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A look into the secretive Kentucky Retirement Systems and the $15.7 billion under its control. For the roughly 340,000 state, city and county workers and retirees, there are more questions about their investments than answers.

State Legislator Proposes Kentucky Pension Transparency Changes

Alix Mattingly/KyCIR
Tommy Elliott, former chairman of the Board of Trustees, and Executive Director Bill Thielen listen to a presentation during the meeting of Kentucky Retirement Systems on May 15, 2014.


In response to the Kentucky state pension plan’s willingness to pay hefty fees for billions of dollars in investments it can’t publicly disclose, one state representative said Thursday he is introducing a bill to make pensions subject to state open-access laws.

Of the nearly $16 billion in assets held by Kentucky Retirement Systems, about 30 percent is placed in so-called “alternative investments,” such as hedge funds and private equity funds, whose holdings KRS agrees not to reveal. These alternative funds are notorious for charging high fees, even when they underperform stock market benchmarks.

As the Kentucky Center for Investigative Reporting wrote in July, KRS claims it cannot disclose total fees for three alternative funds containing $1.5 billion in retirees’ money. The funds, with names like the Henry Clay Fund and the Daniel Boone Fund, are “funds of funds” because they invest in other hedge funds. Former KRS trustee Chris Tobe estimated that their total fees came to $156 million in the 27 months ended March 31.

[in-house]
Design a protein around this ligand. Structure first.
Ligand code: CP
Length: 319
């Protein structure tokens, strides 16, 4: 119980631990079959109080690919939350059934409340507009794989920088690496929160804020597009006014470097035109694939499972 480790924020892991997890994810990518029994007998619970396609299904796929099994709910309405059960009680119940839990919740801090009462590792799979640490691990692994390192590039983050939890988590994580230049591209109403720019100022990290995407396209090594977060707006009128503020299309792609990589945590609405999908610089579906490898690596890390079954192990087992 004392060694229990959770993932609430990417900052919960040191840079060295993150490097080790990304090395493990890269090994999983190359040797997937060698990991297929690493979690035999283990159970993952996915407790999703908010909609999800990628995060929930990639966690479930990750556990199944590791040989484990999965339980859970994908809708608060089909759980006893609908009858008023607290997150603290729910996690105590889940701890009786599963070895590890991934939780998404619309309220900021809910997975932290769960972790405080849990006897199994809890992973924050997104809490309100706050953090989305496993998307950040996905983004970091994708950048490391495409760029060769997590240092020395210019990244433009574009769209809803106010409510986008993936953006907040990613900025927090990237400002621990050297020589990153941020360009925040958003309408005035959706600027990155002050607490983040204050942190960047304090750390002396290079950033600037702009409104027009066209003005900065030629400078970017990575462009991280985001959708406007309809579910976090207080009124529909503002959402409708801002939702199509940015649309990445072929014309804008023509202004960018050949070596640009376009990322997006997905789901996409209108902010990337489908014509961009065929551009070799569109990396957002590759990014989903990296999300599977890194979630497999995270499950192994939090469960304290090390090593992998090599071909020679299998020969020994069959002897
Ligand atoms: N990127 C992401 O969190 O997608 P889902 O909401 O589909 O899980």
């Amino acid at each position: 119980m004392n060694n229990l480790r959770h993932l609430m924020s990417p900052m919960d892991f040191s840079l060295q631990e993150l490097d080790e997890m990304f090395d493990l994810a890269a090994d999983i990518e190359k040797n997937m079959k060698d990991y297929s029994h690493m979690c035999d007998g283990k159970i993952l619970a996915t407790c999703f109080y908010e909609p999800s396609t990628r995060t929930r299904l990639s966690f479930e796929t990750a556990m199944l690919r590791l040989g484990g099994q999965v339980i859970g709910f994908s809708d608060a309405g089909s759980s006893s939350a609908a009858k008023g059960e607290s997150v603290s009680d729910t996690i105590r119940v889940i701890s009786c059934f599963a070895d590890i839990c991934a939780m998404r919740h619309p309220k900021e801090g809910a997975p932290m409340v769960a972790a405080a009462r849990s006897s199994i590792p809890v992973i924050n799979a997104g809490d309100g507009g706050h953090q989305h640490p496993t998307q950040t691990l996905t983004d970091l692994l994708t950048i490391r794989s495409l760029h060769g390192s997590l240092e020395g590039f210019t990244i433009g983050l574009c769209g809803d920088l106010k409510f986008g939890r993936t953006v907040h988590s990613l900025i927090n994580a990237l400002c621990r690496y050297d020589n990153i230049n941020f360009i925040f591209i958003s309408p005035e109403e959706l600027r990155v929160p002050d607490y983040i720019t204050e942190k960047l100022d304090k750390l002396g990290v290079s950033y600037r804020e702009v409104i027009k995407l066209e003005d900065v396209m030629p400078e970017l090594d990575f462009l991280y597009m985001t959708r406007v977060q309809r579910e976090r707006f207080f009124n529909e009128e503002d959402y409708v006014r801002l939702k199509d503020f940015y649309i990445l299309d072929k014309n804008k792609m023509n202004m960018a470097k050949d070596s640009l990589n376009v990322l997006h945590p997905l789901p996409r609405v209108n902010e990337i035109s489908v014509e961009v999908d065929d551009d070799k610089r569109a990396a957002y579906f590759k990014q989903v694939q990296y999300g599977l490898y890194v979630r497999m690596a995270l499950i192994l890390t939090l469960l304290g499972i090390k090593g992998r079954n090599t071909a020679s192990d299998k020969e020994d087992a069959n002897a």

State Rep. Jim Wayne, D-Louisville, citing KyCIR and Lexington Herald-Leader investigations, is calling for an end to the secrecy.

“The current model smacks of the good ol’ boy system,” Wayne said in a news release. “The system is closed. A small group decides behind closed doors who gets to manage billions of dollars in public money and what they’ll get paid for it, no questions allowed. That’s just way too chummy for my tastes.”

By putting KRS under state procurement laws, all contracts and contract details would be open to public review. It would also ban the use of “placement agents,” middlemen who are paid large sums for essentially making introductions.

Wayne’s bill would also raise the investment expertise needed to serve on the KRS Board of Trustees.

KRS is one of the most chronically underfunded public pension plans in the nation, with only about 45 percent of assets needed to cover retirement obligations to about 340,000 state, city and county pension-holders.

“The health and well-being of public employee retirement systems should not be shrouded in mystery,” Wayne said. “No one should be required to invest their hard-earned money in a system that is not fully transparent. Not only should public employees know if the systems are financially stable, the taxpayers should also know.”

Late in the 2014 legislative session, Wayne introduced a similar bill that he said drew opposition from KRS officials. The session ended before the bill could be considered.

Reporter James McNair can be reached at jmcnair@kycir.org  or (502) 814-6543.

Funds of funds have lagged in each of the past 5 years ... | Create Infographics

  (view the interactive graphics here and here)

... and over longer-term periods | Create Infographics


A Hankering for hedge funds | Create Infographics